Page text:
(Chancery Court Courthouse–from Court’s website)
The Court’s own introduction to this 35-page opinion is best quoted:
“The financial advisor (or sales representative) of a major brokerage firm improvidently advised an elderly woman to place most of her life savings in a charitable remainder unit trust with a 10% annual payout, lifetime gifts to her children and successor-beneficiaries, and the remainder to go to five charities, an event expected to occur almost half a century later – – objectors that all now seem to agree and understand were unrealistic and likely unattainable. In the spirit of cross-selling, a trust company sister entity of the brokerage firm was designated trustee. Legal advice was provided by an attorney selected by the brokerage firm; the attorney never even spoke with her client, the trustor.
In order to achieve the desired annual distribution and to maintain any hope of preserving principal for the benefit not only of the intervening life beneficiaries but also of the charities, the trust company invested the assets almost exclusively in equities. When the financial markets experienced a downturn, this investment strategy, which arguably suffered from a lack of diversification, resulted in a drastic drop in the asset value of the trust.”
The original challenge by the trustor to the wisdom of the advice that lead her to establish a unit trust in the first instance was barred by the Court as untimely. In this post-trial memorandum opinion, the Court found that the trust company “generally acted within the broad discretion accorded it under the controlling trust document, as well as the laws of Delaware governing the actions of fiduciaries and trustees. Certain payments from the trust related to the arbitration between the trustor and the brokerage firm, however will be disallowed.” The arbitration proceeding in which the trustor first asserted claims against a brokerage firm based on the investment mix was not successful for the trustor. Moreover, the trust company refused to be replaced as the trustee.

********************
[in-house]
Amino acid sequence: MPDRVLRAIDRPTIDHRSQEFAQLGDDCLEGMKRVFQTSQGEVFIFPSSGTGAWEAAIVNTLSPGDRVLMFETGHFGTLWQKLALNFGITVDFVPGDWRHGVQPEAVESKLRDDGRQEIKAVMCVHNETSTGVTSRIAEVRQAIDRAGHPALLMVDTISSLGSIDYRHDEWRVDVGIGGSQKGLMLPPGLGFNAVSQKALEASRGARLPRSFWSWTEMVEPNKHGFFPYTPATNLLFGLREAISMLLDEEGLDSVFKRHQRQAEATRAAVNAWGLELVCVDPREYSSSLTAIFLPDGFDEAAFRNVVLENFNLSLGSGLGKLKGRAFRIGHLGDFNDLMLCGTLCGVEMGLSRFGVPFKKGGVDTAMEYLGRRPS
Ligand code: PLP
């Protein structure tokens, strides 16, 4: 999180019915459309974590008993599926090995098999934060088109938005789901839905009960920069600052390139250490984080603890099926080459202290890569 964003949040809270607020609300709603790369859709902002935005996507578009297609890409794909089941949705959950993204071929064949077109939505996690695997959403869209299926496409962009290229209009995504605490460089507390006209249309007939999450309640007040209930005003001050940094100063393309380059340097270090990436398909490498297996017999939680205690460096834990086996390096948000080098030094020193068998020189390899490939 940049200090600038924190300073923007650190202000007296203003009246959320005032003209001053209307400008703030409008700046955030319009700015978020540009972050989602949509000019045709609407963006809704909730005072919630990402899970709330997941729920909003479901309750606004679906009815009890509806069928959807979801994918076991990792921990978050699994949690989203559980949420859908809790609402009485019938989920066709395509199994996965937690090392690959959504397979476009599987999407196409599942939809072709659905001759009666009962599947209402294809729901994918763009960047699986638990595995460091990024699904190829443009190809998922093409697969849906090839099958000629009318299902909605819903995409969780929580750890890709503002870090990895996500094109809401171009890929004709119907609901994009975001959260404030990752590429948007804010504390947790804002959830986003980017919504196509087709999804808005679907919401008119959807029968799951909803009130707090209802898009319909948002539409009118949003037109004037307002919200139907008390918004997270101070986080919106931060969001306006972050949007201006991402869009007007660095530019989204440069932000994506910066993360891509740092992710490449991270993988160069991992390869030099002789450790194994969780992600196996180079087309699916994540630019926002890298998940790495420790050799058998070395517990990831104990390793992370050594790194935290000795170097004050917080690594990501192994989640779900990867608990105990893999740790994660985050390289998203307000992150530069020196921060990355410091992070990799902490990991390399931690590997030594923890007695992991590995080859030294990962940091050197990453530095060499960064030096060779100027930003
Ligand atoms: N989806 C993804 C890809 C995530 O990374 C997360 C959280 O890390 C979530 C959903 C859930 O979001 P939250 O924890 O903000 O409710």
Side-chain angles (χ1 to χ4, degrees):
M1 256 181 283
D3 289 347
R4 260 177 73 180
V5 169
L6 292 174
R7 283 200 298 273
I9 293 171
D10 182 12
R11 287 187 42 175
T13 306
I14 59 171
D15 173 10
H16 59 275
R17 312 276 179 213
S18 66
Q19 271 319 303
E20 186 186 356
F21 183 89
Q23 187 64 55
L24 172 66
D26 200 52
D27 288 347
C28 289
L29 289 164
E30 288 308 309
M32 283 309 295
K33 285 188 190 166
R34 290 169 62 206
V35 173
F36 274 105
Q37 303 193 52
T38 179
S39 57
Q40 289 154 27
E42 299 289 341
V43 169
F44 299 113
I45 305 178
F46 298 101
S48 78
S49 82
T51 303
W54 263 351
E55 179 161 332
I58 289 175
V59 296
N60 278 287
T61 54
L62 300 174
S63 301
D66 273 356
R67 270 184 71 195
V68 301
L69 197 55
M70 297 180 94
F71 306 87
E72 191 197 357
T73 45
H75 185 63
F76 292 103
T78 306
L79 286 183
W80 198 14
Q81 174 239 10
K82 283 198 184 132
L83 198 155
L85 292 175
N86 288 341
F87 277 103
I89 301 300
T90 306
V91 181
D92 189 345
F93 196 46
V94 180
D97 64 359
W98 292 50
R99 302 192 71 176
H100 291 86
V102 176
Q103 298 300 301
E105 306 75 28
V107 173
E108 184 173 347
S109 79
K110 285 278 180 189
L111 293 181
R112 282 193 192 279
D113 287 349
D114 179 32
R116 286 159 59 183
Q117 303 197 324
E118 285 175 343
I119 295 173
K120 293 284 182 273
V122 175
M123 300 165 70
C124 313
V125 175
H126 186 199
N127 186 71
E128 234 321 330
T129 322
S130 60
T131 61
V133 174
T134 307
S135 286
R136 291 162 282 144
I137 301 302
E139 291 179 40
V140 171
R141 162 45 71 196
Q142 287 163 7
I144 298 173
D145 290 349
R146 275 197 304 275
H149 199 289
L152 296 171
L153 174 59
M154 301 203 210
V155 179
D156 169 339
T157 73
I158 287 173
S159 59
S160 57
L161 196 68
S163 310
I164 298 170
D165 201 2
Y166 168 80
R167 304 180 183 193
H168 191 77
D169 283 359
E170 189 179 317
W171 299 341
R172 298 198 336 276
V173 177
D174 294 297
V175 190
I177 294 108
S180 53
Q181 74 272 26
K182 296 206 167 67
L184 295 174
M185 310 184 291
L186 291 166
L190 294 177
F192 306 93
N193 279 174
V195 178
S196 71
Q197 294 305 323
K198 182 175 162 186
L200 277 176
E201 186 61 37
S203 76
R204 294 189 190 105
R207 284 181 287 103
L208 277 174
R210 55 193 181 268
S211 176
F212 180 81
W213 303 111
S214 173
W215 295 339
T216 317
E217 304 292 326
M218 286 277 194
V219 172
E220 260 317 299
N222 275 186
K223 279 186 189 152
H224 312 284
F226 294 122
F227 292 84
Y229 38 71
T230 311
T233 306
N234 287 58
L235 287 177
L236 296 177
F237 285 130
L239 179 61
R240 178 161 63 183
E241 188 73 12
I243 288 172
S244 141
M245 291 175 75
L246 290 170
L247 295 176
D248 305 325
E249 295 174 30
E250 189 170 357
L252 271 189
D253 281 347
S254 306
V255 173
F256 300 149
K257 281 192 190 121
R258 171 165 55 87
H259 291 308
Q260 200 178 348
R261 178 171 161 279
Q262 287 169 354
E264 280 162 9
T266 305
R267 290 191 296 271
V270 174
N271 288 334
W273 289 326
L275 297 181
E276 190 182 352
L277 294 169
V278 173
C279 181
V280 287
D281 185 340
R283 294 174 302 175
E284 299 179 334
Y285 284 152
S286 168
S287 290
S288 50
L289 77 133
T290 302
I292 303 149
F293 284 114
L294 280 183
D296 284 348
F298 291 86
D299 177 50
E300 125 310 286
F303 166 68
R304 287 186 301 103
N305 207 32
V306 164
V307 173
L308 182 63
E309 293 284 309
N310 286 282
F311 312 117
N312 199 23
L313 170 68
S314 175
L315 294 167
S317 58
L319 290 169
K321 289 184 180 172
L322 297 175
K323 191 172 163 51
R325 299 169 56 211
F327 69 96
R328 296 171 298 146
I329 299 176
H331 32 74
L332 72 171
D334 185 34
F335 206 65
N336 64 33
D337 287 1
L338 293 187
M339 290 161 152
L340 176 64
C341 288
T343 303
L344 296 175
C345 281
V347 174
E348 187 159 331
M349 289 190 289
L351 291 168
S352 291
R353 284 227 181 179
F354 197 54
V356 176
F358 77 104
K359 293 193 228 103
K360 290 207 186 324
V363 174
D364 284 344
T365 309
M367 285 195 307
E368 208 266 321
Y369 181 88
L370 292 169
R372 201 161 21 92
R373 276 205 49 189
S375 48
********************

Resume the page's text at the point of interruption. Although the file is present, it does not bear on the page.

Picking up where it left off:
This decision shows how exceedingly difficult it is to remove a trustee even based on what appears on the surface to be a compelling factual situation.
The decision is notable for its discussion of the applicable “prudent investor standard” that governs the investment strategy of a trustee. See footnotes 54 to 58. Also noteworthy is the Court’s reference to the obligation of a trustee to consider the interest of all beneficiaries (see footnote 66), and the Court’s observation that the discretion of a trustee is only subject to review by the Court on a “abusive discretion standard” (see footnote 70).
In footnote 76 the Court observed that there was “something unsettling about allowing MLTC [an affiliate of Merrill Lynch] to evade liability . . . It no doubt seems unfair to Campbell.” However, the Court also noted that the “fatal flaw of this unhappy tale is found in the Trust Agreement itself. Fiduciary duties, always contextual,” did not allow the Court to second guess the investment decisions, and in light of the formation date making certain claims time barred, no breach of the prudent investment standard could be found.
To add insult to injury, the Court recognized that it was constrained by the traditional Delaware law that the payment of fees for attorneys out of the trust corpus has been considered to be generally proper where the: (i) attorney’s services are necessary for the proper administration of the trust or (ii) the services otherwise result in a benefit of the trust. This is true regardless of whether litigation is successful or not.